discard all wf:session values for all users

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Dec 17, 2020, 2:16:09 AM12/17/20
to Nitrogen Project / The Nitrogen Web Framework for Erlang
I have found wf:session values dont get discarded after application:stop(nitrogen).
The clients can still access the data.

Session handler uses process_registry_handler which dont implement this kind of selection. They only do K/V match. I dont think nproc_registry_handler could ever
support this broad selection. Gproc_registry_handler seems to be possible as it does a qlc query there...

I have shoot myself many times the last month testing an app, I reinitialize the database tables, I stop/start nitrogen again, but the clients will reference the now non-existing
data in their wf:session/wf:user. It has been a nightmare to find myself looking in complete awe for 30 minutes not understanding why my code crashes for no apparent reason.

So, now I'm wrapping session data with:
-define(SESSION_HASH, persistent_term:get(session_hash, nohash)).
session(K, V) -> wf:session(K, {data, ?SESSION_HASH, V}).
session(K) -> case wf:session(K) of
   {data, ?SESSION_HASH, V} -> V;
   _ -> undefined

And with this hack I can now "cancel" all session data "atomically"
cancel_sessions() ->
    persistent_term:put(session_hash, SomeNewRandomHash).

And voila,  clients now dont reference non-existing data anymore.

1) Why session data doesnt get discarded after stopping nitrogen. Is this by design?

I dont think I have the time to study the handlers (session and registry handlers) so I will imlement my own on top of ets.

2) What performance do you think I would get implementing session data in ets.

Jesse Gumm

Dec 17, 2020, 9:41:09 AM12/17/20
to nitrogenweb
Hi Franklin,

I don't think I've ever heard of wanting to discard all session values if the application is started or stopped.  It's extremely common to store sessions in external systems like Redis, or memcached, or even storing them to disk for persistence (consider the PHP default sessions are all stored on disk, each session getting its own file called something like "sess_abc123gfh9ng3"). All this is specifically so that sessions can survive a crash, reboot, or other system restart, and in the cases of the external sessions, so that multiple systems can share session data across nodes.

That Nitrogen doesn't discard all session data when the nitrogen application is stopped is merely a side-effect of the way sessions are built.   If the whole VM goes down in a single-node setup, then yes, all sessions would be eliminated.

The quickest way to wipe this data would be to start and stop nprocreg.

Regarding ETS, I'm unsure of what the performance might be if sessions get migrated to ETS.  It may be faster, it may be slower.  Given that each session, by default, is a sleeping process awaiting a message, I don't suspect the performance improvement would be significant, but benchmarking would be the only way to really know.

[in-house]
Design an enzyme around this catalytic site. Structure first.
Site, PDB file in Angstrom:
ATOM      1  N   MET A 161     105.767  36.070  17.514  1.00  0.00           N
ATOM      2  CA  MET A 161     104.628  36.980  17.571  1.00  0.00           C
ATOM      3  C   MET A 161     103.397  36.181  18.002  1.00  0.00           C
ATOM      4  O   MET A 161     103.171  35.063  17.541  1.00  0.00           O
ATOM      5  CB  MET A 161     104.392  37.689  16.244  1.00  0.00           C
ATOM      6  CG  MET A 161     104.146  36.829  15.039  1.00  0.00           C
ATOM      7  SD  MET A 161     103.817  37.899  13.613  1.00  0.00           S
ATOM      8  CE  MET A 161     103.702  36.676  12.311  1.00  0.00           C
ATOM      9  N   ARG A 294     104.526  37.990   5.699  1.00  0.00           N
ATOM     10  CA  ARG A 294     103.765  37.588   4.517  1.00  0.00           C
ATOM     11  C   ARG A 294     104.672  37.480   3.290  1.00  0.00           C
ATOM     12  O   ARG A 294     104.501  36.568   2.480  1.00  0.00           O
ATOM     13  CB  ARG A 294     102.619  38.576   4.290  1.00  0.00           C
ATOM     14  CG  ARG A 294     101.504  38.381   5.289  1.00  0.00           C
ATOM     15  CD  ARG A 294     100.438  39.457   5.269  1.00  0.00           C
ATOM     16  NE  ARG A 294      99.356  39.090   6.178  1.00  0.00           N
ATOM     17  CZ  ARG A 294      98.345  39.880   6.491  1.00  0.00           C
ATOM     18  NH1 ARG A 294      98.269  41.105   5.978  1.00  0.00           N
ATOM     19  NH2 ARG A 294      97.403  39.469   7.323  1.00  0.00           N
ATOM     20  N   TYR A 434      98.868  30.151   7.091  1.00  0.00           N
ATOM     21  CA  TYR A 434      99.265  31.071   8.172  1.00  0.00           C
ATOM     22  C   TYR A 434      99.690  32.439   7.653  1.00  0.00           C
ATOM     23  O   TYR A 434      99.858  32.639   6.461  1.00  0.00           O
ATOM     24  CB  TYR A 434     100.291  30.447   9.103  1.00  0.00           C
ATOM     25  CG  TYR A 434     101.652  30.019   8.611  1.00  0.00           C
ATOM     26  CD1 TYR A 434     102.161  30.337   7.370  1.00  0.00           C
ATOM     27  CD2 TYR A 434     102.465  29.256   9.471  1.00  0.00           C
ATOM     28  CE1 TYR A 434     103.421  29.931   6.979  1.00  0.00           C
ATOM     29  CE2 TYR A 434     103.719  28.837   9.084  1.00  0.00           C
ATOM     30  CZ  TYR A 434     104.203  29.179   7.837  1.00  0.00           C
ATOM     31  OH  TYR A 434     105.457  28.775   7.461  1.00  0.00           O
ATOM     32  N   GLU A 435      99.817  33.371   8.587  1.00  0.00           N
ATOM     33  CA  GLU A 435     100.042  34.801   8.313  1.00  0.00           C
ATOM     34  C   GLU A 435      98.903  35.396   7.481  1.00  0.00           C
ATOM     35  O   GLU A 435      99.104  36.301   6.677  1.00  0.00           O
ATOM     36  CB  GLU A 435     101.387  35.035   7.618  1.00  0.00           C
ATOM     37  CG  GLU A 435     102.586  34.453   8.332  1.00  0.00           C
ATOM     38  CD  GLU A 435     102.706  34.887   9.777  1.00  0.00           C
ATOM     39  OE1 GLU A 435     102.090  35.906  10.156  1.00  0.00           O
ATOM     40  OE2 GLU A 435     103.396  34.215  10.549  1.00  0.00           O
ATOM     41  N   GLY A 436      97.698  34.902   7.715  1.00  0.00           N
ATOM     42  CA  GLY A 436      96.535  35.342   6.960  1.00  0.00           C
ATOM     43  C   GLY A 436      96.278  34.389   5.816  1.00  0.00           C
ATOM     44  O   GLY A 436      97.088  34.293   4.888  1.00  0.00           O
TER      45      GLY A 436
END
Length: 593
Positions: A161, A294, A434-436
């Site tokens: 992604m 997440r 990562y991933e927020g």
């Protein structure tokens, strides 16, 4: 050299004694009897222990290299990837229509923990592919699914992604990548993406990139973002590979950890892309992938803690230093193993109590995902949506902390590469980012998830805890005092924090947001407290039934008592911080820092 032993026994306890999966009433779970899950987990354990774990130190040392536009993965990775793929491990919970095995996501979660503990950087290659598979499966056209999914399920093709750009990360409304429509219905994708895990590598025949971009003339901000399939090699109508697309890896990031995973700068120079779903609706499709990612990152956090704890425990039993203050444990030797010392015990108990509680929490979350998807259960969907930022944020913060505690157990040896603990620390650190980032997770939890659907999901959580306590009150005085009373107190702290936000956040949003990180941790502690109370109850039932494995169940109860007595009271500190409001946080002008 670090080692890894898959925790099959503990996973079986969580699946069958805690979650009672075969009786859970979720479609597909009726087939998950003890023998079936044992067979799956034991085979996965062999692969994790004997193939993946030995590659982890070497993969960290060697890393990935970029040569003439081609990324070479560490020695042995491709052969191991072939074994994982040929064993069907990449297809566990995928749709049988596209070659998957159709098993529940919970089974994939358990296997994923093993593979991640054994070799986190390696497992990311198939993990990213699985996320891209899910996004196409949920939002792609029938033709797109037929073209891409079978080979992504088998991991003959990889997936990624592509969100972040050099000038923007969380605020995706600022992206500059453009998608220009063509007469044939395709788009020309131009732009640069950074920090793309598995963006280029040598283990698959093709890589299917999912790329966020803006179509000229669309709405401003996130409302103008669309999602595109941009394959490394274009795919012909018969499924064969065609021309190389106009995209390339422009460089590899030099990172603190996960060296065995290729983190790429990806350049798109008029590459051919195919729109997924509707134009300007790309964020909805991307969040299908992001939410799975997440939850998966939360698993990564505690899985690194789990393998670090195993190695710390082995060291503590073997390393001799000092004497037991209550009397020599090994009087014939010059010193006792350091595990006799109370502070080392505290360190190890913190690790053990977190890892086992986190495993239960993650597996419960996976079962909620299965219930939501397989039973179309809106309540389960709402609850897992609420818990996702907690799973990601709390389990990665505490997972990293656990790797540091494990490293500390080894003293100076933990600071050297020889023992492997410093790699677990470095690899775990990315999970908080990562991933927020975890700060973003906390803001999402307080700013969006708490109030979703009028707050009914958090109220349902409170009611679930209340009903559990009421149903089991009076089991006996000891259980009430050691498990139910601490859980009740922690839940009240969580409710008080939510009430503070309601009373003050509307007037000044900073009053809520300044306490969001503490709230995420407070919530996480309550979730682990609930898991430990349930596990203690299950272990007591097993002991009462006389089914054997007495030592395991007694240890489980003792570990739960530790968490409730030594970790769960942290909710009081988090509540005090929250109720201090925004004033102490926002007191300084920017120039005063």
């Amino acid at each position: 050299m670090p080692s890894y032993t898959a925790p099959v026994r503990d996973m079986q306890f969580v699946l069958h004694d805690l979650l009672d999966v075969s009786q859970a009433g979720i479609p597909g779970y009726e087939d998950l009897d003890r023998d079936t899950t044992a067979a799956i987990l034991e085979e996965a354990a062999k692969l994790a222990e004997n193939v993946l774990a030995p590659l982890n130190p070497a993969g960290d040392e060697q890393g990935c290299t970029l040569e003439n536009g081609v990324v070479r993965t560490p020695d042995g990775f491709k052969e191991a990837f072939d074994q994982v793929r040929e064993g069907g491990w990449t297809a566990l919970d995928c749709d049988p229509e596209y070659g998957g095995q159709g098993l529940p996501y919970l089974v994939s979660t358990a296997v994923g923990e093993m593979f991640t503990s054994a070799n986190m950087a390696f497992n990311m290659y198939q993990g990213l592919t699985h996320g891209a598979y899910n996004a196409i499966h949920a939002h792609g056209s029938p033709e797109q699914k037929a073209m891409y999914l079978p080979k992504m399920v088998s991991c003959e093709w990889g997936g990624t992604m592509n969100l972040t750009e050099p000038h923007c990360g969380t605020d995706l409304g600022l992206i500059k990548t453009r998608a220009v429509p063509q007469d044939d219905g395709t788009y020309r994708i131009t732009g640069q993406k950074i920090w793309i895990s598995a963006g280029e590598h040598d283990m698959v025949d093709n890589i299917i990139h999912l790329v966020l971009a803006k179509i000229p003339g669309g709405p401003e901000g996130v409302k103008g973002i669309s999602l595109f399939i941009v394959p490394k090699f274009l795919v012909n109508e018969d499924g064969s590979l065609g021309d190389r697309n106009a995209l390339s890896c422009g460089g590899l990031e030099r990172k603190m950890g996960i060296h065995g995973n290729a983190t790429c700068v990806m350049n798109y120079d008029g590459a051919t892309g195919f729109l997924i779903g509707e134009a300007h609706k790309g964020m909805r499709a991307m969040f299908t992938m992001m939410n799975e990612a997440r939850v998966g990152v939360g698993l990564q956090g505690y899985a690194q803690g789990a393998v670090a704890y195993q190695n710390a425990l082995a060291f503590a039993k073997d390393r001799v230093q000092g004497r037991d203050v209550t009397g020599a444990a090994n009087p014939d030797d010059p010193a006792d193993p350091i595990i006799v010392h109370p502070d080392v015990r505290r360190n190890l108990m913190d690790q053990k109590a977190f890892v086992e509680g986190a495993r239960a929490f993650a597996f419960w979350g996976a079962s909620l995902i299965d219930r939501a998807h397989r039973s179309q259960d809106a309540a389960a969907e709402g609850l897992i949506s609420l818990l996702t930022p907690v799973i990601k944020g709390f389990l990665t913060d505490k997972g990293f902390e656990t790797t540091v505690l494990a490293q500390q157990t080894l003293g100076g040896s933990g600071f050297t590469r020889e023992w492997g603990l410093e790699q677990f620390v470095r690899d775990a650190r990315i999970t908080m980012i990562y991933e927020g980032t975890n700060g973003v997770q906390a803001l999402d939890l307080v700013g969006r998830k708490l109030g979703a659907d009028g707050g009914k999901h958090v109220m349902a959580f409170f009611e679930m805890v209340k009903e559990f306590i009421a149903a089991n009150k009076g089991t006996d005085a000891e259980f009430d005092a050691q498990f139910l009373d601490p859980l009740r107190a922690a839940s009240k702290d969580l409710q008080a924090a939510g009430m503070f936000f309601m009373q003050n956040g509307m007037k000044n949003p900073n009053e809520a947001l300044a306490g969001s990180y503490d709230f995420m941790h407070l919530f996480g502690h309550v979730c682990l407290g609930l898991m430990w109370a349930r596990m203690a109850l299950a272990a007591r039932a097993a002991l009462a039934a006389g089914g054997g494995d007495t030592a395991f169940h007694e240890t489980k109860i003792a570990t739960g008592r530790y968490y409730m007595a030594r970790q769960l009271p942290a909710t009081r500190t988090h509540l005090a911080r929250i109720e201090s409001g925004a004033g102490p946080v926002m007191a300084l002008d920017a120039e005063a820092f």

Indeed, I'd like to add a session handler with *greater* persistence - something that can survive a system crash, VM restart, or system Restart.

Can I ask what kind of data is being stored in your sessions that would cause a crash when the session survives nitrogen being restarted?  My gut is telling me it's more likely something like this would more appropriately be stored in something other than sessions.


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Jesse Gumm
Owner, Sigma Star Systems
414.940.4866 || sigma-star.com || @jessegumm


Dec 17, 2020, 12:31:36 PM12/17/20
to Nitrogen Project / The Nitrogen Web Framework for Erlang
Im just storing wf:user. This is an app that provides a neat experience to from the very first visit, there are welcoming messages and UX when the user accesses something for the first time. So I have to start from zero (recreate DBs) to check Im not breaking this coreography

The crashes are just typical matches that should never fail. Maybe Im a bit lazy:
[ThisRecordMustExist] = mnesia:dirty_read(userpreferences, wf:user())

Restarting nprocreg does the trick for me. Is there something else that nitrogen loses after this other than session data?

Jesse Gumm

Dec 17, 2020, 1:05:14 PM12/17/20
to nitrogenweb

Restarting nprocreg will also lose any active comet processes.

Basically, restarting nprocreg doesn't *stop* the processes it has started and registered, it just *forgets* about them.  They'll run their course and end automatically on their own.  So the existing sessions become orphaned processes that will autoexpire once the timeout hits (they just sit in a receive block waiting). Same with the comet processes, they'll sit waiting for a response, and eventually die on their own from their built-in timeout.

In vanilla Nitrogen, that's about it.


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